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Your views: council's dog fouling crackdown

Dogs are no longer welcome at sections of around 20 parks in Allerdale. Credit: ITV Border

A local authority's plan to ban dogs from certain parts of its parks is polarising opinion on social media.

Allerdale Borough Council is bringing in the measures to make areas in which children and sports teams play cleaner, and safer.

Not fair for the genuine people who do clean up their dogs mess it takes a few seconds to clean it up it's a minority who don't."

– Stephen Lee Smith, Facebook

It only penalises responsible dog owners ........such a shame they've had to go to such extremes."

– Shelly Johnston, Facebook

About time,so many people think that dogs are humans. Reality check they are dogs."

– Andrea Lyndsey Baxter, Facebook

Seems barking........."

– Stuart Smith, Facebook

What annoys me is they never provide bins. Pick it up then do what with it. I do pick mine up but, annoys me there is never a bin to dispose it in?"

– Steph Felks, Facebook


Call for Lake District volunteers

Waterhead, Ambleside Credit: PA

Lovers of the Lake District are being sought to help visitors make the most of their time in the area.

With the height of the holiday season fast approaching, the Lake District National Park is seeking a team of dedicated enthusiasts to meet and greet Windermere Lake Cruises’ passengers at Bowness and Ambleside piers.

Volunteers will be asked to hand out leaflets, talk to people about the national park and encourage them to drop off at the Lake District Visitor Centre at Brockhole.

“This is a brilliant opportunity for people to play a part in promoting opportunities to enjoy a spectacular place. Our drive to encourage visitors to park up and get round the world renowned locations by boat, bus, train, bike or boots make it a very appealing initiative.

“We want as many people as possible to enjoy the huge amount Brockhole offers, without adding to pressure on the roads. This way, holidaymakers can enjoy a beautiful boat trip, as well as a veritable feast of activities.”

– Lorraine Brierley, Lake District National Park’s commercial assistant

For further information contact Lorraine on 01539 792605 or email


'It's taken 5,500 people to get DG Council to listen'

A retired businessman, who has handed in a petition against the planned flood defence system at Whitesands, in Dumfries, has slammed the town's council.

David Slater says it's taken a 5,500 signature petition to get Dumfries and Galloway Council to engage with people who are concerned about the plans:

The main area of concern for protesters is the plan to scrap 230 parking spaces at Whitesands, which they say will affect local businesses.

Environment Agency confident nuclear waste plan is 'safe'

The Environment Agency is asking residents for their views on the proposed expansion of a nuclear waste repository in West Cumbria:

The Environment Agency is the environmental regulator of the nuclear industry in England and is independent of government and industry.

LLW Repository Ltd wants to dispose of more radioactive waste at its site and has applied to us for an environmental permit. We will only issue a permit once we're satisfied that further disposals at the site are safe for people and the environment, both now and in the future.

We've assessed LLW Repository Ltd's environmental safety case and consider it demonstrates that future waste disposal is safe within the limits we have set.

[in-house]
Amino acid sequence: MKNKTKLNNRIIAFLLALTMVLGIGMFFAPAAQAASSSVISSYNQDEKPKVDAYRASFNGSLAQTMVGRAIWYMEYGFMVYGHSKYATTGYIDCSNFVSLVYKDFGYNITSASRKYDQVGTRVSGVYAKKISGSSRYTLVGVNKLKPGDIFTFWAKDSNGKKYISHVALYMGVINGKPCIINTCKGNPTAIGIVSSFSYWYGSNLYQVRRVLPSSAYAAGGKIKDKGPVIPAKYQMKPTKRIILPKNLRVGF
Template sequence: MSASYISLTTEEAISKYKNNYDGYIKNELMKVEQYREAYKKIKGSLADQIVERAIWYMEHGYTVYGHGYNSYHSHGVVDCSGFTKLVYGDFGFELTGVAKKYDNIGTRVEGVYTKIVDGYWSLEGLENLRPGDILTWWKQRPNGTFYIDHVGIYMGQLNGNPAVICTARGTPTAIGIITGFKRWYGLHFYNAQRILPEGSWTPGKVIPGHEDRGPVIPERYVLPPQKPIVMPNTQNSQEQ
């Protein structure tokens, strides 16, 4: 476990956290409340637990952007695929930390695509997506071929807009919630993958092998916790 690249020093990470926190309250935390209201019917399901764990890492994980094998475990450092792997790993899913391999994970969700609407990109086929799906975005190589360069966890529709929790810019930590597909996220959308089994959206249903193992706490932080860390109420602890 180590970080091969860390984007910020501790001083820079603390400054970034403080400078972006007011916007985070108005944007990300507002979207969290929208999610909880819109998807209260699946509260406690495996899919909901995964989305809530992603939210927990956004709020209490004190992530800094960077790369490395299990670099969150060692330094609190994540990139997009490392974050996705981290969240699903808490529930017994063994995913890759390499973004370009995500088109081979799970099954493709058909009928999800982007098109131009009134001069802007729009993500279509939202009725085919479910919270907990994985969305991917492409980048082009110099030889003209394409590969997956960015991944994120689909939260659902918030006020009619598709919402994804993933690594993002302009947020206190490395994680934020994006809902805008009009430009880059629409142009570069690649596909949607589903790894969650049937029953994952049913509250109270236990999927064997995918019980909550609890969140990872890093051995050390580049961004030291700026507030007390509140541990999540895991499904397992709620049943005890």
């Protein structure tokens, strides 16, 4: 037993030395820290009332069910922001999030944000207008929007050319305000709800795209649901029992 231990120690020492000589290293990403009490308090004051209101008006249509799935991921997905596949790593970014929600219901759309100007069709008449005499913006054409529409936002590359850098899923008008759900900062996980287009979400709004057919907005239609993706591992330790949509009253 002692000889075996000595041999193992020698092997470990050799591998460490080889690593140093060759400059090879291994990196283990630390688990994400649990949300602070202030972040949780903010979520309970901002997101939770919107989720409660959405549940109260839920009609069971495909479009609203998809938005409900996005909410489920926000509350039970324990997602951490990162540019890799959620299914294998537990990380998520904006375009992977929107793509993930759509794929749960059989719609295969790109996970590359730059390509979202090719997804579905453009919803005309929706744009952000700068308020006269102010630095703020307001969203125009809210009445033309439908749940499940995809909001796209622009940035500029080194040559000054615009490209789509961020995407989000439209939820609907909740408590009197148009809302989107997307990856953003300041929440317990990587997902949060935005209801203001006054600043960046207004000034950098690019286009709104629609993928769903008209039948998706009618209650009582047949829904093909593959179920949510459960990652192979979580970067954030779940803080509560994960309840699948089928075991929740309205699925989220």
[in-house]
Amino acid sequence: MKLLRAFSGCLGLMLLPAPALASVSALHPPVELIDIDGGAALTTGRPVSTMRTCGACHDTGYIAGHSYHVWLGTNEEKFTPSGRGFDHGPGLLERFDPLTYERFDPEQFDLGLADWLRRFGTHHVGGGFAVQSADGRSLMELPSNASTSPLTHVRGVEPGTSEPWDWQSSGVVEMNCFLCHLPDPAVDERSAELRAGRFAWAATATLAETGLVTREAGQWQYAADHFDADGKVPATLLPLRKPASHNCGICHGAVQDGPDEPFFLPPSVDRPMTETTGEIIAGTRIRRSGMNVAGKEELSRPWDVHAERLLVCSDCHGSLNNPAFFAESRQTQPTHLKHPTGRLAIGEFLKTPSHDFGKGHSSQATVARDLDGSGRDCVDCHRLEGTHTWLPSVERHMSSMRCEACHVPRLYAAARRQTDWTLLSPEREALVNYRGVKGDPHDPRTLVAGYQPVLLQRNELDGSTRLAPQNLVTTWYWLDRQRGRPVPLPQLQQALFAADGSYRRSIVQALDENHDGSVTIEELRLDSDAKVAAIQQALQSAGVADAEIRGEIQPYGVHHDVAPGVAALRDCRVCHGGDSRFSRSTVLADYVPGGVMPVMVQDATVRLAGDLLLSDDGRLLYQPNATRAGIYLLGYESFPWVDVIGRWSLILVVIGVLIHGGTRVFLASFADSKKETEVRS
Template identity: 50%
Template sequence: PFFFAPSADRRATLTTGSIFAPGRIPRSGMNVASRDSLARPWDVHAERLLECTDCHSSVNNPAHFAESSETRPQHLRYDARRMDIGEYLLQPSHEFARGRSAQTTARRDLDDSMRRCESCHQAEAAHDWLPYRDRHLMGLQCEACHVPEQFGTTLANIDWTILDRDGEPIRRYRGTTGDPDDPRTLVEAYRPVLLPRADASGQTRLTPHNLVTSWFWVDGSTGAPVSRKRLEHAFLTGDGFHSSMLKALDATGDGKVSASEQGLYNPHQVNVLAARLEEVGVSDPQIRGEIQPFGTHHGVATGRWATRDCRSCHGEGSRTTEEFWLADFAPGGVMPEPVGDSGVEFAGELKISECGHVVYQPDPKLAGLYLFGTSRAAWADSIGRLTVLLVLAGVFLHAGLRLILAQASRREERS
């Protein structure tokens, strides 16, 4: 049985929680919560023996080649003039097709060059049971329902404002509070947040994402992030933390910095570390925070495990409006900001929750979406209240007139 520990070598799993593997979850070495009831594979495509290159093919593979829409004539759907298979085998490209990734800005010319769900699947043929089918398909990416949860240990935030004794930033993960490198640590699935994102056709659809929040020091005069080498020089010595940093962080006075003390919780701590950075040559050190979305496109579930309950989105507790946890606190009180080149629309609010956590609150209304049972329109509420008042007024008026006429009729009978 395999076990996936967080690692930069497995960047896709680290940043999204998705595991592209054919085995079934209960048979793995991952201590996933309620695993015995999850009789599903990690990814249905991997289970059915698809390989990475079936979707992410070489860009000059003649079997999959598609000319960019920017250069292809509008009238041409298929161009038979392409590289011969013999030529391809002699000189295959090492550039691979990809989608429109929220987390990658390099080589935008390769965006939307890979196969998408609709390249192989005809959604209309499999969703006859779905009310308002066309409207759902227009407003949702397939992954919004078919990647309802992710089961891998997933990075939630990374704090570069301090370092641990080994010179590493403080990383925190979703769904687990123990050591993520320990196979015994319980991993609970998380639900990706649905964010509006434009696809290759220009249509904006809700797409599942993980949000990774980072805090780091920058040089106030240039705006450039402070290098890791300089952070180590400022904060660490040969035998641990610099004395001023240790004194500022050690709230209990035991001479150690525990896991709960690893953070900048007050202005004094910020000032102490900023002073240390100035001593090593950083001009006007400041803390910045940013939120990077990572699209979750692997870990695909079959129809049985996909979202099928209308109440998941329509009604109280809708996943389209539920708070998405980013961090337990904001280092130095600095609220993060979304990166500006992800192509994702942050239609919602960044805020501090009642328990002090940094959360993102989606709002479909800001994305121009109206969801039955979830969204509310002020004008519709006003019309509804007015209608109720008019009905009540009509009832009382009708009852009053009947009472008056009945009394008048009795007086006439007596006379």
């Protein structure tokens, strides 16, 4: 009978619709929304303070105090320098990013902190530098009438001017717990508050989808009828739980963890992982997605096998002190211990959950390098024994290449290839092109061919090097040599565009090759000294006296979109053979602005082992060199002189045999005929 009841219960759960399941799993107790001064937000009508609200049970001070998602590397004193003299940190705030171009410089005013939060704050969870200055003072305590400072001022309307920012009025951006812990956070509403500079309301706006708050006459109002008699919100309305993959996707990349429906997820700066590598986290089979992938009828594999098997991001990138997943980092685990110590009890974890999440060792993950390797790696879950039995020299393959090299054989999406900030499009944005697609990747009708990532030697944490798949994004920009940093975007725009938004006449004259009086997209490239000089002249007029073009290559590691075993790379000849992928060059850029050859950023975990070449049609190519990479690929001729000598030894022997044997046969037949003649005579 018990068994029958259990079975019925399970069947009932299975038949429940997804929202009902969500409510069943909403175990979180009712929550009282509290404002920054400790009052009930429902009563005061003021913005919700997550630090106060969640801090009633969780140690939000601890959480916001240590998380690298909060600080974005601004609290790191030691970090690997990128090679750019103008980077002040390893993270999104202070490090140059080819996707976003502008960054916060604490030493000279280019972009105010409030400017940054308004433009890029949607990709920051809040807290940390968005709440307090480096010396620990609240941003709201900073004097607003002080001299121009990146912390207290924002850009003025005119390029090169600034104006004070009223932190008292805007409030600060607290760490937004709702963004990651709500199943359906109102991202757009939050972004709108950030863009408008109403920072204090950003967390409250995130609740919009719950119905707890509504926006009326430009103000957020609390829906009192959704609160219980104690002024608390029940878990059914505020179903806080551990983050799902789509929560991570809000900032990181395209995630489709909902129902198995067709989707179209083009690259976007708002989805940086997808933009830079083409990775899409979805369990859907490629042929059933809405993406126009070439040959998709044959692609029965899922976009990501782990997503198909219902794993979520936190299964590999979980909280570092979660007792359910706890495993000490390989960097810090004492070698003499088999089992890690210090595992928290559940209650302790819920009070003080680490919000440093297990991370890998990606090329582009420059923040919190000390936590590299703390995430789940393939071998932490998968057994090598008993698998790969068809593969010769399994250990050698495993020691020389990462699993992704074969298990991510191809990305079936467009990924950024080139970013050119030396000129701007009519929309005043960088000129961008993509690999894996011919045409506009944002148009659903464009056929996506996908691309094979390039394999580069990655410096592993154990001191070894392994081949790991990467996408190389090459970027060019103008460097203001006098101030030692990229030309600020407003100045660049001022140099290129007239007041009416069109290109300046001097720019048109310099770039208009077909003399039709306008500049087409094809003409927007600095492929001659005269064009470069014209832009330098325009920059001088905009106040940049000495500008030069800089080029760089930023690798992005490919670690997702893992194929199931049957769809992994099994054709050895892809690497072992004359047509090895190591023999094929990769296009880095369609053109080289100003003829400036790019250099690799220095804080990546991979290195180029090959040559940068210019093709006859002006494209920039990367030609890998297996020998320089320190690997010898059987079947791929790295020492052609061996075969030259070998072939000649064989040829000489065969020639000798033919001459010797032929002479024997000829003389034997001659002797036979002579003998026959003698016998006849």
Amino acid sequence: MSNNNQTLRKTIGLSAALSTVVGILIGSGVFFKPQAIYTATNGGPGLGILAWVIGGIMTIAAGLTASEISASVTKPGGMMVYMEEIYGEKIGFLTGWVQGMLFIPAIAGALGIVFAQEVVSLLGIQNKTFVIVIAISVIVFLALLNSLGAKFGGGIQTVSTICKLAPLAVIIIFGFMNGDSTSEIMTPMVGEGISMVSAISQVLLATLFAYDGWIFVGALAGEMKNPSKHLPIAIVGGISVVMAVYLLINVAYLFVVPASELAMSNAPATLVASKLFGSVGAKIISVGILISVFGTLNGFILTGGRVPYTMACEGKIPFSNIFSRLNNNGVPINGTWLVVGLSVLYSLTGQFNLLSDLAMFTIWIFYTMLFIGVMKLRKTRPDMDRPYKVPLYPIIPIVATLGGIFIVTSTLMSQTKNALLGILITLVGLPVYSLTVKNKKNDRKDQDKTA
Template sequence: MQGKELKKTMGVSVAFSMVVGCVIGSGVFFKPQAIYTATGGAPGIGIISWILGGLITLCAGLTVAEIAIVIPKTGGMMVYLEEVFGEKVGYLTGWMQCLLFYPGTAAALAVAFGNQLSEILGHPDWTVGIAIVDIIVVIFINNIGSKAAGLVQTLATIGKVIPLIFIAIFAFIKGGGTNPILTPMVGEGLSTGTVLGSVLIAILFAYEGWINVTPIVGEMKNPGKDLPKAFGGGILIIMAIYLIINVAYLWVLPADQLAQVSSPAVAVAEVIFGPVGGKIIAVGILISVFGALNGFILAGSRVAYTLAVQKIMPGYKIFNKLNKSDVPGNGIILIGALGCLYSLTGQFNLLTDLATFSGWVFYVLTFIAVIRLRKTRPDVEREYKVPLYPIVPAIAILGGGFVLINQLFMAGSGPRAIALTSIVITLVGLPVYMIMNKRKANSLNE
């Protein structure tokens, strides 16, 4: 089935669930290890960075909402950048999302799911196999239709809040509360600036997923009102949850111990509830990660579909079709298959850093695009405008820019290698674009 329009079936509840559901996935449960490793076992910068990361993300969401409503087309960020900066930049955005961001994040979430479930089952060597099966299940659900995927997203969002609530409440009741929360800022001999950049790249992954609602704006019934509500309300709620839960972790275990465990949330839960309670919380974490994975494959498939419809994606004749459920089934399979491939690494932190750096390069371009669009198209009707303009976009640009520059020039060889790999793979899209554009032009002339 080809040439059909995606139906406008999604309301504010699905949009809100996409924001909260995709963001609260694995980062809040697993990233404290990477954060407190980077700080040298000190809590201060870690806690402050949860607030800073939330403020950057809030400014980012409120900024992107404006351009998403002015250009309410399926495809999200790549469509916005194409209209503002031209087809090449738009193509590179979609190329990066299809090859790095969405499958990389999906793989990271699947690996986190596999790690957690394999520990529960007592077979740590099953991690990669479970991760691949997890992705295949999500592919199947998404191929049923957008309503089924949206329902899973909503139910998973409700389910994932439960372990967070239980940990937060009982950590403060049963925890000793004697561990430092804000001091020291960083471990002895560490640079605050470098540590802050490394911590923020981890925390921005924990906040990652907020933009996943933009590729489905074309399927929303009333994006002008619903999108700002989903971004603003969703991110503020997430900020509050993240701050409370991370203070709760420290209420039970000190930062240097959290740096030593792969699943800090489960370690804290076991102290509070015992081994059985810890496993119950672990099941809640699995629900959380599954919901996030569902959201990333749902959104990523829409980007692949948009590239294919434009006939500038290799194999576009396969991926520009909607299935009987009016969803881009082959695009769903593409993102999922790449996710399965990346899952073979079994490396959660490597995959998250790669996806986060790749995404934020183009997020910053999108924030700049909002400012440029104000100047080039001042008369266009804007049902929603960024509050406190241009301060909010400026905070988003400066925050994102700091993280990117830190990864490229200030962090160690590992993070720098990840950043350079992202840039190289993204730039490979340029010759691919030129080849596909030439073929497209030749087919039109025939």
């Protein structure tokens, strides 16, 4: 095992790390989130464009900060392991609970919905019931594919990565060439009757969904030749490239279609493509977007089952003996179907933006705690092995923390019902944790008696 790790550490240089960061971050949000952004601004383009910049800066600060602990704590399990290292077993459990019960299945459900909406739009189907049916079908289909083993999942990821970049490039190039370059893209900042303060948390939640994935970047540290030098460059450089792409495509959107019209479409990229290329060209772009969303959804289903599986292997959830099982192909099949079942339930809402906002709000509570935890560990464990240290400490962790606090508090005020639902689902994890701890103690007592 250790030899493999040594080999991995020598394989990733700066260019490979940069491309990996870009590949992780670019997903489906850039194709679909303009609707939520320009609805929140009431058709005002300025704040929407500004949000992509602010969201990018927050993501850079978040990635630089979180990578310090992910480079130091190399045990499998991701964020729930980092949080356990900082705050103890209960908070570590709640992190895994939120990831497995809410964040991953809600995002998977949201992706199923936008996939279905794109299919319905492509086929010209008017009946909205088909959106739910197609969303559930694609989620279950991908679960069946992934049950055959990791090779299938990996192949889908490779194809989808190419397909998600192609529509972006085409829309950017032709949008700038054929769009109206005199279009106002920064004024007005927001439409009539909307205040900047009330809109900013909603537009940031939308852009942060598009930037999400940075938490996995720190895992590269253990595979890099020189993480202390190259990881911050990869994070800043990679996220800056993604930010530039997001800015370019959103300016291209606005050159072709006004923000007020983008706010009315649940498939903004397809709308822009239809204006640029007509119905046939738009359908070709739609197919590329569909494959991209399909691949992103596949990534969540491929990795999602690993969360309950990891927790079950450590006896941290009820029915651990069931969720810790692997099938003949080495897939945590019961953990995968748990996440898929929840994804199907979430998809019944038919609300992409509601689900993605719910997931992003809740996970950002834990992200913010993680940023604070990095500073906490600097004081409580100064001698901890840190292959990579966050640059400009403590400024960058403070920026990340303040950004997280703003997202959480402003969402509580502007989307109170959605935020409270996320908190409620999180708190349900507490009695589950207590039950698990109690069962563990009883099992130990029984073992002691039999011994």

Before we make a final decision, we want to consider the views of local people and other organisations.

We are hosting a drop-in event at Drigg and Carleton village hall on Thursday 18 June, from 11am to 7:30pm, where people can learn more about the issue and our proposed decision."

– Steve Hardy, Environment Agency's nuclear regulation group

If you are interested in learning more from the Environment Agency, or submitting a comment about the plans, you can do so here.

National Grid route could cause 'major damage'

The Lake District near Keswick. Credit: Tom White/PA Wire/Press Association Images

A group that aims to protect Cumbria's landscapes says the National Grid's planned route to carry electricity from a proposed new power plant, could cause "major damage" to the Lake District.

Friends of the Lake District think the choice of route, which was revealed yesterday, is wrong, because it could lead to 50ft pylons being built across the national park.

They would be part of a network carrying electricity from the planned Moorside Power Station, to the National Grid.

But the group says the plans would mean 12.5 miles of new overhead lines in the Lake District, and a further 15 miles of new lines and pylons running next to the national park:

We are obviously deeply disappointed by the choice of Onshore South with Tunnel over the offshore route, especially as the majority of the 1,200 consultation responses received supported the offshore option.

National Grid’s own environmental study supported taking the cables offshore to avoid the Lake District as their chosen route runs through or close to the National Park for 27 miles.

It is vital that National Grid engage with local communities and the many organisations that live, work and care for these great landscapes to discuss how to mitigate the damage their proposals could cause.

We know our 10,000 members and supporters feel very strongly about a new pylon line damaging the National Park.

National Grid's own consultation demonstrated the strength of public opinion - the majority of the 1,200 respondents wanted to see the route go offshore and avoid these sensitive landscapes altogether. “

– Kate Willshaw, Policy Officer at Friends of the Lake District
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